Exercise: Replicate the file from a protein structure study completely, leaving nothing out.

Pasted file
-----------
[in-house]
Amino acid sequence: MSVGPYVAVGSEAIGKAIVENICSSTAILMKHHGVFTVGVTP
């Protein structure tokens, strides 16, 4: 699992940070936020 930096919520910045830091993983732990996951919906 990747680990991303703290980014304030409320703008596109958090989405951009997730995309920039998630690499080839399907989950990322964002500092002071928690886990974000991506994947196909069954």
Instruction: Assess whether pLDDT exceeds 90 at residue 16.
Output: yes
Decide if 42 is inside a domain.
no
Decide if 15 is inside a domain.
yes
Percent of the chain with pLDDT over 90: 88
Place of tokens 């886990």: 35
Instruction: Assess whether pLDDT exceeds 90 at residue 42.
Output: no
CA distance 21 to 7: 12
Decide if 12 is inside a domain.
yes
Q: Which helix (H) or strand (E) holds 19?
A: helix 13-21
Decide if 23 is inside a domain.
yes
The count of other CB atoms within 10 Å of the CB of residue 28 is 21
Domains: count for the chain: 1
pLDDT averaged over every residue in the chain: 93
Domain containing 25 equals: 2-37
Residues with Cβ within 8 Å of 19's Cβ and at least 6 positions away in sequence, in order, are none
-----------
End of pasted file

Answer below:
[in-house]
Amino acid sequence: MSVGPYVAVGSEAIGKAIVENICSSTAILMKHHGVFTVGVTP
């Protein structure tokens, strides 16, 4: 699992940070936020 930096919520910045830091993983732990996951919906 990747680990991303703290980014304030409320703008596109958090989405951009997730995309920039998630690499080839399907989950990322964002500092002071928690886990974000991506994947196909069954």
Instruction: Assess whether pLDDT exceeds 90 at residue 16.
Output: yes
Decide if 42 is inside a domain.
no
Decide if 15 is inside a domain.
yes
Percent of the chain with pLDDT over 90: 88
Place of tokens 């886990």: 35
Instruction: Assess whether pLDDT exceeds 90 at residue 42.
Output: no
CA distance 21 to 7: 12
Decide if 12 is inside a domain.
yes
Q: Which helix (H) or strand (E) holds 19?
A: helix 13-21
Decide if 23 is inside a domain.
yes
The count of other CB atoms within 10 Å of the CB of residue 28 is 21
Domains: count for the chain: 1
pLDDT averaged over every residue in the chain: 93
Domain containing 25 equals: 2-37
Residues with Cβ within 8 Å of 19's Cβ and at least 6 positions away in sequence, in order, are none